Mitsubishi Electric Visual and Imaging Systems

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Video Wall

Video Wall Case Studies

Washington Metropolitan Area Transit Authority – Washington, DC


    Products Used:

  • 10 VS- 72WEF78S 1920 x 1200 LED projection cubes, arranged in a 2-high by 5-wide configuration

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Visualization Technology Takes a Bite Out of Crime

DC-area transit authority joins efforts with Visualization Technology Takes a Bite Out of Crimepolice to build a security command center

It’s getting tougher and tough to be a criminal these days, at least on Washington, DC public transportation.

“If you’re a criminal, you’re going to pass by one of our cameras,” says Shawn Doody, Digital Video Evidence Manager for the Metro Transit Police Department and manager of the agency’s new Security Operations Command Center (SOCC). “We’re going to find you.”

Video from thousands of cameras is digitally stored and accessible from the agency’s security network, giving operators at SOCC the ability to call it up quickly for an investigation or a trial. Based on the video, they can give officers detailed descriptions of perpetrators and send them screen captures to aid in making an arrest.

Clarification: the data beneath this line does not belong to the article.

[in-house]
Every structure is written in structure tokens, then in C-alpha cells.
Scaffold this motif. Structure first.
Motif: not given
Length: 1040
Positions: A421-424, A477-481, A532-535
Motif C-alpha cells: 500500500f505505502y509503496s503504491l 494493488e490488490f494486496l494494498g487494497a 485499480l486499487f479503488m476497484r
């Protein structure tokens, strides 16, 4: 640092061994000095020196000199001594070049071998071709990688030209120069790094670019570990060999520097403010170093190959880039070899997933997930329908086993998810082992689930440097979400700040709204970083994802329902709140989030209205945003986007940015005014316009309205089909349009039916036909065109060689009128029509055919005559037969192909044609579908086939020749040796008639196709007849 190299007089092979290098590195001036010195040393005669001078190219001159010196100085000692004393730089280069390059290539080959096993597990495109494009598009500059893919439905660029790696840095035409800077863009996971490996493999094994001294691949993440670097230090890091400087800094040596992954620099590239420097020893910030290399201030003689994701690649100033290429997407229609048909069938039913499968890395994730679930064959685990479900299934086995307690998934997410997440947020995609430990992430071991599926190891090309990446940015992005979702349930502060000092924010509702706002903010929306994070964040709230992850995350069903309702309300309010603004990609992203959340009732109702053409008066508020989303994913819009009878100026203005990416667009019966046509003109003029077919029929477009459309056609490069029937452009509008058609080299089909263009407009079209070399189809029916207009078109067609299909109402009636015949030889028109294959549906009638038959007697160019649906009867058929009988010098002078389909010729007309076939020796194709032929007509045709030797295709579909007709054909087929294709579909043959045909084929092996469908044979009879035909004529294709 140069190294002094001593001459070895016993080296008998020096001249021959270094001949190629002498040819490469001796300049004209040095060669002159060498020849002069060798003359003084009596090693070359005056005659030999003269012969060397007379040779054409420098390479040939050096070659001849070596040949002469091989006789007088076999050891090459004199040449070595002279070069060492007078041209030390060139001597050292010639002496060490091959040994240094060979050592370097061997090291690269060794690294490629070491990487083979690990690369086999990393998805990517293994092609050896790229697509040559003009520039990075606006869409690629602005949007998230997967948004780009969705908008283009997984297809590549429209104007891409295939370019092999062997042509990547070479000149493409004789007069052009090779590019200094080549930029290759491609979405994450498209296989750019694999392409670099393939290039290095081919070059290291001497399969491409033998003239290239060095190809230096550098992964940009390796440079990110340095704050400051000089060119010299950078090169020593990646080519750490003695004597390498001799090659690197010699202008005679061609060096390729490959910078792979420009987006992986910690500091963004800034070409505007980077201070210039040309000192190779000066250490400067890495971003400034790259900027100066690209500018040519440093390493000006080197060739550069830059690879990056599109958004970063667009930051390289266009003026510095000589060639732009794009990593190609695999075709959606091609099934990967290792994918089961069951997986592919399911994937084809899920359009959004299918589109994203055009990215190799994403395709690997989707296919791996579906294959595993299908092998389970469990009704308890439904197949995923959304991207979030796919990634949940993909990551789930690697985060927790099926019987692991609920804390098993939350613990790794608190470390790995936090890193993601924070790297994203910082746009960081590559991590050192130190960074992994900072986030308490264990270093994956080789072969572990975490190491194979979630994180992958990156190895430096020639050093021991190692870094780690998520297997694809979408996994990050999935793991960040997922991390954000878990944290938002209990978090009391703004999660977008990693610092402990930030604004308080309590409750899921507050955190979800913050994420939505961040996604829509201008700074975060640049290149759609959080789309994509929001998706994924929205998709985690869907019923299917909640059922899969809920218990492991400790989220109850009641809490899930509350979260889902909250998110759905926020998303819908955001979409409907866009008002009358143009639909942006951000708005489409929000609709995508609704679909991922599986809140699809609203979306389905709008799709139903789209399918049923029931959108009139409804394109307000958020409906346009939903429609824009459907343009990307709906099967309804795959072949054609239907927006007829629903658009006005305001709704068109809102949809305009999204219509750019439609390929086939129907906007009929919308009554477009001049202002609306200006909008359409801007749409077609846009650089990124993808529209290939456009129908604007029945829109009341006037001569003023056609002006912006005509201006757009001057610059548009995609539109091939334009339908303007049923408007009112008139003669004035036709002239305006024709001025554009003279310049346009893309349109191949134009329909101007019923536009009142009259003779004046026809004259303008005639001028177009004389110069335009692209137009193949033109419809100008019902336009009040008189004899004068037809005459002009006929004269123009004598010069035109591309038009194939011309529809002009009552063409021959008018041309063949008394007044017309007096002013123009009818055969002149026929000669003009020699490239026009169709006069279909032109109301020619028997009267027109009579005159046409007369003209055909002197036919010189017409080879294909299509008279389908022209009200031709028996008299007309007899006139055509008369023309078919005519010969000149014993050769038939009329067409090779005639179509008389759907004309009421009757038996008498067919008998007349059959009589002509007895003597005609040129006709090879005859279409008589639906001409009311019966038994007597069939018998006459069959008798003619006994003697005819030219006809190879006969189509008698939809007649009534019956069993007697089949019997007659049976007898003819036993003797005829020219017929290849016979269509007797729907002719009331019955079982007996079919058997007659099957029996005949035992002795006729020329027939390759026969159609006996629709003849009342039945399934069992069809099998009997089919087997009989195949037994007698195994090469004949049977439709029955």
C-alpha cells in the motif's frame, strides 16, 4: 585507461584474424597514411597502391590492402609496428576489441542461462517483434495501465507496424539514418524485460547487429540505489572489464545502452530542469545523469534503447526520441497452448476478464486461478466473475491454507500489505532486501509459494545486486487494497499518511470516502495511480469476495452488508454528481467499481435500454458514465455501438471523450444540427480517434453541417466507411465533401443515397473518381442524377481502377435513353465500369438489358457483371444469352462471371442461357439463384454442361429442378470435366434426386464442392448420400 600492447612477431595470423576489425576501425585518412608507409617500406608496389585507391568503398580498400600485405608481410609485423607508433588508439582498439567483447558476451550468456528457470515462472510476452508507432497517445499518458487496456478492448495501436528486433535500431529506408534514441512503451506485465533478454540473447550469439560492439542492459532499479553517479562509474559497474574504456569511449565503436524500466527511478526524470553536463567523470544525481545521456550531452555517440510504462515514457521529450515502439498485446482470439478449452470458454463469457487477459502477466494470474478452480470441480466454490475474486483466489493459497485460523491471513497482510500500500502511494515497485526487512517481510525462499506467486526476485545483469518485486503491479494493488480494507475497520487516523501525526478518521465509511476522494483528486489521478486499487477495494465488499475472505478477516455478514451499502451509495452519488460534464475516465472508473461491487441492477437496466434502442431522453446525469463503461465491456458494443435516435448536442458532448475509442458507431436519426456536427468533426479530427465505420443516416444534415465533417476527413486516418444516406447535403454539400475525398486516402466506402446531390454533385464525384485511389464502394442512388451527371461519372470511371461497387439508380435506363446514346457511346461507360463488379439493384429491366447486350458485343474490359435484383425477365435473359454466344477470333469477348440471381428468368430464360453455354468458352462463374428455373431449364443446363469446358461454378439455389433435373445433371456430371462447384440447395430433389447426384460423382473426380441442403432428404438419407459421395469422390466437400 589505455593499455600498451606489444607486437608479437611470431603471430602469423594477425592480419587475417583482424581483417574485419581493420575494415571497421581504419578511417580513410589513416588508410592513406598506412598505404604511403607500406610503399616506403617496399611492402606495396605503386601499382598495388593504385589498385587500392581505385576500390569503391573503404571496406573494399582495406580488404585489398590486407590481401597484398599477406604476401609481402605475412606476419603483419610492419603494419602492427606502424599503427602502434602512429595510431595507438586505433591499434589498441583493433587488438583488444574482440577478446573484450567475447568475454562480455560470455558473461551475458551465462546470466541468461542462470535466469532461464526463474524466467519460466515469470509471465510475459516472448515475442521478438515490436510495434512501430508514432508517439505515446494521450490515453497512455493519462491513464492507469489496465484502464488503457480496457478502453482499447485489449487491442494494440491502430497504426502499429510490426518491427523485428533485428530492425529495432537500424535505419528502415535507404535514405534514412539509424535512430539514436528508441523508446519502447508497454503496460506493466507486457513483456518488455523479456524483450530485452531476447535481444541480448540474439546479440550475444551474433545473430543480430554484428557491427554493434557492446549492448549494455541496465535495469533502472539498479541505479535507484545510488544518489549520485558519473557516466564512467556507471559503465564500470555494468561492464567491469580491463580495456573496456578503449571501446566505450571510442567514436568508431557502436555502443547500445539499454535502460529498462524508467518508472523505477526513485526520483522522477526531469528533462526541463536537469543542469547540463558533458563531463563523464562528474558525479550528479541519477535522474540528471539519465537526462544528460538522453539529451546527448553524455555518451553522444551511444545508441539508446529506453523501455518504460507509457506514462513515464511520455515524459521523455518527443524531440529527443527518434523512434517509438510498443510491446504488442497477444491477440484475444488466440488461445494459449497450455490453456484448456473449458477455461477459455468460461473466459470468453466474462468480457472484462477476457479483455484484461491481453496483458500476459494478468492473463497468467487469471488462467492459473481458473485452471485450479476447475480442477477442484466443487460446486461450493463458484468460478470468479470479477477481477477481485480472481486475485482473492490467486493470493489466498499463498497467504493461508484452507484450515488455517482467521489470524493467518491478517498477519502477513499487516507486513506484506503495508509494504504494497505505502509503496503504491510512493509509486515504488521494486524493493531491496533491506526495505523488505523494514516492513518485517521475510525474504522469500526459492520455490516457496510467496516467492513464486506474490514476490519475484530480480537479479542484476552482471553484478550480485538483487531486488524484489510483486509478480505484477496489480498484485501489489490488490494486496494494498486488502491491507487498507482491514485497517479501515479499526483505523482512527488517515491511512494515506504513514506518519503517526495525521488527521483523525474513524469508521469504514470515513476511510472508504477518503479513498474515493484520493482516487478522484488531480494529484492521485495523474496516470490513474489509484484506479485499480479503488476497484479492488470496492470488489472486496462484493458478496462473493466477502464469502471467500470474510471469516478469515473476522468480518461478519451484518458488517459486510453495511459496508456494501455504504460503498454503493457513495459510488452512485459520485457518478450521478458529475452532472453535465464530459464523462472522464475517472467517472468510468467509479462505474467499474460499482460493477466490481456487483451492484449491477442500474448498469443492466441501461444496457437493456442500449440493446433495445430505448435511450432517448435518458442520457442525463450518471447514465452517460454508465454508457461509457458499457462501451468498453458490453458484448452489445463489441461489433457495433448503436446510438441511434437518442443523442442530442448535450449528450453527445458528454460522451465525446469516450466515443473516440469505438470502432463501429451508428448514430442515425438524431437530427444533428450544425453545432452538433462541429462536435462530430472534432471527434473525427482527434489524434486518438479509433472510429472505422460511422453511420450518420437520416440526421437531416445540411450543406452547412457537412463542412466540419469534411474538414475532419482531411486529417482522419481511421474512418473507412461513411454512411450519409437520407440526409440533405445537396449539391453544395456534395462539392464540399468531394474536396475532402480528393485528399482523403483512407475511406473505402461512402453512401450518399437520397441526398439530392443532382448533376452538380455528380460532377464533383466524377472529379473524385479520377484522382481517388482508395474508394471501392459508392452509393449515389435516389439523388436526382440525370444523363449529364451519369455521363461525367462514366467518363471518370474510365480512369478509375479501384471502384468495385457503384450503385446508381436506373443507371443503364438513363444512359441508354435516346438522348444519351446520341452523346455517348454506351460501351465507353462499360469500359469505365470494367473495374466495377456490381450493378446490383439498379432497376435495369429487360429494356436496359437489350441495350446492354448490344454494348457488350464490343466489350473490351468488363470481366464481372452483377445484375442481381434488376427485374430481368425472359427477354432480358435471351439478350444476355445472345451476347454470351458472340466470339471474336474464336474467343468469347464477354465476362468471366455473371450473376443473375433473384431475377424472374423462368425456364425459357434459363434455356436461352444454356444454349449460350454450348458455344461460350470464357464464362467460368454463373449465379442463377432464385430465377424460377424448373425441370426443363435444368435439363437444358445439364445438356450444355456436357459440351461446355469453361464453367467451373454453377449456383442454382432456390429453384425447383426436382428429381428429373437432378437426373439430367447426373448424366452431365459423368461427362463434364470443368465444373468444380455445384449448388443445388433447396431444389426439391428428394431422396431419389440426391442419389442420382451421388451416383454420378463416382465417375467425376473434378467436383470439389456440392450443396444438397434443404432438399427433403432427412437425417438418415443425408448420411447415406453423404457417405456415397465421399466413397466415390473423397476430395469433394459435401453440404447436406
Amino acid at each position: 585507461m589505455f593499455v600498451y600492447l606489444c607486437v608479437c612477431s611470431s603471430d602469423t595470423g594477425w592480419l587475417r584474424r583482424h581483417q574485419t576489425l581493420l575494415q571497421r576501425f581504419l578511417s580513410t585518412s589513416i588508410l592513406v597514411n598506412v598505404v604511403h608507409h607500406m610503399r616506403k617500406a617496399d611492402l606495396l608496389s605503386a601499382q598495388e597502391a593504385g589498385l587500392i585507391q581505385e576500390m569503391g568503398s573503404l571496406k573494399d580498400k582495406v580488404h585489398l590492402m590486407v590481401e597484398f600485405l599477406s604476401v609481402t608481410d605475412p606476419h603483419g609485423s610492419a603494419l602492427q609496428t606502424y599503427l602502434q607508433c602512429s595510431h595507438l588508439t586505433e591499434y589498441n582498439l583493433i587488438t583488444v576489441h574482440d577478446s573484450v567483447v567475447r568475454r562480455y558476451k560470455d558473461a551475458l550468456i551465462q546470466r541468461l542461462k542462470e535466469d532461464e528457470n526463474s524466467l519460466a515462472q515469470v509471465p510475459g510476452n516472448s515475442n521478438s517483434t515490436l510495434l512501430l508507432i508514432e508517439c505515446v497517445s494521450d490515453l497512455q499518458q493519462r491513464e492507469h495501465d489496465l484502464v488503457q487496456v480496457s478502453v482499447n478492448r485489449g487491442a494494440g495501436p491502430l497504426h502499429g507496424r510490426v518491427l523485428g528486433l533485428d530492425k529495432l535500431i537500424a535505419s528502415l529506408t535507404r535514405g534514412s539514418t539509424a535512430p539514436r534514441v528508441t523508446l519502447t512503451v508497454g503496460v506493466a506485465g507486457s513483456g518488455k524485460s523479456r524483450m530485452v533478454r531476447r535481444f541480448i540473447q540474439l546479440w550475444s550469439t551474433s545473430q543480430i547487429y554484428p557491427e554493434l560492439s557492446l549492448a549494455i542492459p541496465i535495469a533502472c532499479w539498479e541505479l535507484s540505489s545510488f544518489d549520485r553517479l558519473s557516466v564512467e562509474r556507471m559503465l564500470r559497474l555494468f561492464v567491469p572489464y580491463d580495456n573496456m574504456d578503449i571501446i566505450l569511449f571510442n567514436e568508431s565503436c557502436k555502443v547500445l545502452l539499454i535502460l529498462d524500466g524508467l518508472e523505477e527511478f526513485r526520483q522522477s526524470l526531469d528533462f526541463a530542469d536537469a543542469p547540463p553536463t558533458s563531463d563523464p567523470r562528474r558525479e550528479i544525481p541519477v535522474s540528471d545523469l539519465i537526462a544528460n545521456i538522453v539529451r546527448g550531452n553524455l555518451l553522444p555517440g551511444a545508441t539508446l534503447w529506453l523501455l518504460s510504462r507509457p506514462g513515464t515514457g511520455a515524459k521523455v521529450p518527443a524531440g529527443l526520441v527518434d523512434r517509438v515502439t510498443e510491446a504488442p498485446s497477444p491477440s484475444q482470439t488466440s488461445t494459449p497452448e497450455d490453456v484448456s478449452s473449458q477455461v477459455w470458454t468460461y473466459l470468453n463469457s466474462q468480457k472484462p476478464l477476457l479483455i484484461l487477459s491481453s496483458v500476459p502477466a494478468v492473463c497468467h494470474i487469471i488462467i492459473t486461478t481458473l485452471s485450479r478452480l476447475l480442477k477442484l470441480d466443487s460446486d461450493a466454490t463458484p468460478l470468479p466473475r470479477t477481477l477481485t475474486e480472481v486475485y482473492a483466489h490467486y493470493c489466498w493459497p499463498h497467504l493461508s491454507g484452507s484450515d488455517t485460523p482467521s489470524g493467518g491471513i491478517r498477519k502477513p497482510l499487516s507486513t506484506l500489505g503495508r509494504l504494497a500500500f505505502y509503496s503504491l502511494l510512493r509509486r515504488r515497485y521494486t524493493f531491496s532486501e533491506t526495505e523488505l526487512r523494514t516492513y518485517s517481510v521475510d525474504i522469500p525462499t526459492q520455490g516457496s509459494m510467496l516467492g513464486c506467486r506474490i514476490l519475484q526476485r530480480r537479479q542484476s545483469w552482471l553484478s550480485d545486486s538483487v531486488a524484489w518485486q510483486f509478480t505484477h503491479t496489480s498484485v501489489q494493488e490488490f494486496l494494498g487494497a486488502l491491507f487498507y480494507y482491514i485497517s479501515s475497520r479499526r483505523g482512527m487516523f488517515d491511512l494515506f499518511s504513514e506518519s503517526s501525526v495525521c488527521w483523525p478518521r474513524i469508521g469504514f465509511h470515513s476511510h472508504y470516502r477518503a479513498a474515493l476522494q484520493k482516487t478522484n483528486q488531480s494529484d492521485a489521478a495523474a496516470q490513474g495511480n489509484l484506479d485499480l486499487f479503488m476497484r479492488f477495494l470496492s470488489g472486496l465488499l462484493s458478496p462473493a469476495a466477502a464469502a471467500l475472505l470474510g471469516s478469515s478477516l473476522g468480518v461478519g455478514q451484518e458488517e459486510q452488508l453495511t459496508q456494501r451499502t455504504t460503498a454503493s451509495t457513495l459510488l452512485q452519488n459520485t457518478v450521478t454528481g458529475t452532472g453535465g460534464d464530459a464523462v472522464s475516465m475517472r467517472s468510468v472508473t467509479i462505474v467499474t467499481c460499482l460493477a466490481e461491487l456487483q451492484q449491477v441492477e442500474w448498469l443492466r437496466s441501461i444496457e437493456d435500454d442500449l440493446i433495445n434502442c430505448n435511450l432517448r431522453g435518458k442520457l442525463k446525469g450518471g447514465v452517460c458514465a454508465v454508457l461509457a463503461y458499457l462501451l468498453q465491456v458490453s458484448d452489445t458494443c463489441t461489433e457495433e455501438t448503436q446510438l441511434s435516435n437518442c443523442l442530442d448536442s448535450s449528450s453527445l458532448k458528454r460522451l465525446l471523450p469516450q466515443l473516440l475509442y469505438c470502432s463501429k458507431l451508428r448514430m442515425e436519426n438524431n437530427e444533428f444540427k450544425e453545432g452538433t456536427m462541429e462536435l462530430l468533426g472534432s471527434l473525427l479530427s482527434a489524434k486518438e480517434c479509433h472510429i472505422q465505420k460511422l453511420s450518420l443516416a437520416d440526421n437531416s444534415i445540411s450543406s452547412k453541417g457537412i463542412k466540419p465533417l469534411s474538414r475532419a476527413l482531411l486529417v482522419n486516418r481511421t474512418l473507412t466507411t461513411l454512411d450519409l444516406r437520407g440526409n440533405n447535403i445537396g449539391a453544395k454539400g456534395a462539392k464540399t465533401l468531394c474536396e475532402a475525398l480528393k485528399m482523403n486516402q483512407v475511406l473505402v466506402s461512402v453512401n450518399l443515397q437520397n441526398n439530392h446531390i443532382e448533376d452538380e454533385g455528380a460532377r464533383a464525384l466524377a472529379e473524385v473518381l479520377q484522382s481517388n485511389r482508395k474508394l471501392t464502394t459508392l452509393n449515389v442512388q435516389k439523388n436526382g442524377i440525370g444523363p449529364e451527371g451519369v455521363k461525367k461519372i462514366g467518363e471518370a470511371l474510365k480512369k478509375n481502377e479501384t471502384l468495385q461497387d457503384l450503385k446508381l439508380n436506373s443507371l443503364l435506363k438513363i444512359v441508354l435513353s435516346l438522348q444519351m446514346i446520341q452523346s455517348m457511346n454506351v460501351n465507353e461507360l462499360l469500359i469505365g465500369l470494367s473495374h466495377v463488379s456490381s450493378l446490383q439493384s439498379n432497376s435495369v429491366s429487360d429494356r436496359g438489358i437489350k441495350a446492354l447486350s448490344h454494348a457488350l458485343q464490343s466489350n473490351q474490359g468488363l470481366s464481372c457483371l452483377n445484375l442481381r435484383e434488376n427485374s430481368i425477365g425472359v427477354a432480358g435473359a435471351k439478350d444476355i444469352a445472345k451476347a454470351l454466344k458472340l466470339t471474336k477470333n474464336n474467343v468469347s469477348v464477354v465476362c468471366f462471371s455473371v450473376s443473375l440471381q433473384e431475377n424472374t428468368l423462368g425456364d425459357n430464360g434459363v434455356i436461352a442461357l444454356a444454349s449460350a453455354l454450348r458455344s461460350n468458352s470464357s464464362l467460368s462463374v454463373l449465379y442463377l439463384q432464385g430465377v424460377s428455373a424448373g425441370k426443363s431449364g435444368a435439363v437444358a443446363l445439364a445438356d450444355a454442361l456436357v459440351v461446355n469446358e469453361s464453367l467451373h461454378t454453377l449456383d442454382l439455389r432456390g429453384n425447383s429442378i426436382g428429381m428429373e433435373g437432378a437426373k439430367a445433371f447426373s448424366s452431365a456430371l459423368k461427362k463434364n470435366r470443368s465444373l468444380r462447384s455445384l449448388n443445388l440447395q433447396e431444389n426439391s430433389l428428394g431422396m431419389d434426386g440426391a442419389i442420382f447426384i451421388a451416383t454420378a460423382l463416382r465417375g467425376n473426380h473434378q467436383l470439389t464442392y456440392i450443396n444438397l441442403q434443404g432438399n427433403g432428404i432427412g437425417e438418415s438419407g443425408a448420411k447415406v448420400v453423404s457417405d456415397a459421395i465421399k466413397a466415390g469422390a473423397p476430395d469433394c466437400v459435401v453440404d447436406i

At the heart of the new Command Center is a 27’ wide, 11’ high Mitsubishi Electric display wall, which enables operators and dispatchers to see multiple live and recorded video feeds at remarkably high resolution.

Its use at SOCC is the culmination of more than 15 years of close coordination and experimentation by the Metro Transit Police and the Washington Metropolitan Area Transit Authority (WMATA).

Planning the Command Center

WMATA is the nation’s second largest transit system, serving more than five million people in the greater Washington metropolitan area. It provides almost one million rides each day. The Metro Transit Police, with 490 sworn officers, is the nation’s only police agency with authority in three different jurisdictions: Maryland, Virginia and the District of Columbia.